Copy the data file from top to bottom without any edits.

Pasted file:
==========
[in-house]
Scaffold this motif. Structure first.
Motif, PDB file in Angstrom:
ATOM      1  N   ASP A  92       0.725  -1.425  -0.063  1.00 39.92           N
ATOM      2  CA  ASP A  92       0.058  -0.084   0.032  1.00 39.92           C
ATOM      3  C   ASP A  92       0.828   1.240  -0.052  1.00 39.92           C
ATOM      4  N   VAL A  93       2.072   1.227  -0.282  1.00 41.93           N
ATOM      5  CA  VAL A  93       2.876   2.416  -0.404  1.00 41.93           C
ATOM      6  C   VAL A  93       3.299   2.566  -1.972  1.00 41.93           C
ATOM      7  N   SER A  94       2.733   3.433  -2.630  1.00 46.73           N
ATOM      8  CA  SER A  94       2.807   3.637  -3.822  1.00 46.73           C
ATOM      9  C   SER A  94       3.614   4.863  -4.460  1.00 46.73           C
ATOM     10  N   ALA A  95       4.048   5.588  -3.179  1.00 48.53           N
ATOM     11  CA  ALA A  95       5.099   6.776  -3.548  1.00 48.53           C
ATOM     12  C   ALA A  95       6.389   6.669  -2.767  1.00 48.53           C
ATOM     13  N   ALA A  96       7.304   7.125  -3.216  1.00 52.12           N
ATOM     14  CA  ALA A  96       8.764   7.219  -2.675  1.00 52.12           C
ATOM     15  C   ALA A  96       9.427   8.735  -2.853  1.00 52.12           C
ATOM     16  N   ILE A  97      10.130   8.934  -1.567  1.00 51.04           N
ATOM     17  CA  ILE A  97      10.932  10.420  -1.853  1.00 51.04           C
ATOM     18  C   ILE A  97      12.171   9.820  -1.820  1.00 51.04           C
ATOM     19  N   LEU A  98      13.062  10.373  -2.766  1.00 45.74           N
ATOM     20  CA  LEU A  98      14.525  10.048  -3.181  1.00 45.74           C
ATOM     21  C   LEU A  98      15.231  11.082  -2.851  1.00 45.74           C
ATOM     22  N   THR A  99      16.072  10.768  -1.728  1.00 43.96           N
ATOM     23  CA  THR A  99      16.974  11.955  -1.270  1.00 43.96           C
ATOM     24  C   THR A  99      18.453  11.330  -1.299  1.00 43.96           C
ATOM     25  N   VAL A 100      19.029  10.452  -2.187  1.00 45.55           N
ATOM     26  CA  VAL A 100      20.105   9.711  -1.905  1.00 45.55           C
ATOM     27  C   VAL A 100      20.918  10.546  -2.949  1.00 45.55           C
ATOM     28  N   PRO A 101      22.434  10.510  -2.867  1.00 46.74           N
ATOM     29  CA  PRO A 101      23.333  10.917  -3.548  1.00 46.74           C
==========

[in-house]
Scaffold this motif. Structure first.
Motif, PDB file in Angstrom:
ATOM      1  N   ASP A  92       0.725  -1.425  -0.063  1.00 39.92           N
ATOM      2  CA  ASP A  92       0.058  -0.084   0.032  1.00 39.92           C
ATOM      3  C   ASP A  92       0.828   1.240  -0.052  1.00 39.92           C
ATOM      4  N   VAL A  93       2.072   1.227  -0.282  1.00 41.93           N
ATOM      5  CA  VAL A  93       2.876   2.416  -0.404  1.00 41.93           C
ATOM      6  C   VAL A  93       3.299   2.566  -1.972  1.00 41.93           C
ATOM      7  N   SER A  94       2.733   3.433  -2.630  1.00 46.73           N
ATOM      8  CA  SER A  94       2.807   3.637  -3.822  1.00 46.73           C
ATOM      9  C   SER A  94       3.614   4.863  -4.460  1.00 46.73           C
ATOM     10  N   ALA A  95       4.048   5.588  -3.179  1.00 48.53           N
ATOM     11  CA  ALA A  95       5.099   6.776  -3.548  1.00 48.53           C
ATOM     12  C   ALA A  95       6.389   6.669  -2.767  1.00 48.53           C
ATOM     13  N   ALA A  96       7.304   7.125  -3.216  1.00 52.12           N
ATOM     14  CA  ALA A  96       8.764   7.219  -2.675  1.00 52.12           C
ATOM     15  C   ALA A  96       9.427   8.735  -2.853  1.00 52.12           C
ATOM     16  N   ILE A  97      10.130   8.934  -1.567  1.00 51.04           N
ATOM     17  CA  ILE A  97      10.932  10.420  -1.853  1.00 51.04           C
ATOM     18  C   ILE A  97      12.171   9.820  -1.820  1.00 51.04           C
ATOM     19  N   LEU A  98      13.062  10.373  -2.766  1.00 45.74           N
ATOM     20  CA  LEU A  98      14.525  10.048  -3.181  1.00 45.74           C
ATOM     21  C   LEU A  98      15.231  11.082  -2.851  1.00 45.74           C
ATOM     22  N   THR A  99      16.072  10.768  -1.728  1.00 43.96           N
ATOM     23  CA  THR A  99      16.974  11.955  -1.270  1.00 43.96           C
ATOM     24  C   THR A  99      18.453  11.330  -1.299  1.00 43.96           C
ATOM     25  N   VAL A 100      19.029  10.452  -2.187  1.00 45.55           N
ATOM     26  CA  VAL A 100      20.105   9.711  -1.905  1.00 45.55           C
ATOM     27  C   VAL A 100      20.918  10.546  -2.949  1.00 45.55           C
ATOM     28  N   PRO A 101      22.434  10.510  -2.867  1.00 46.74           N
ATOM     29  CA  PRO A 101      23.333  10.917  -3.548  1.00 46.74           C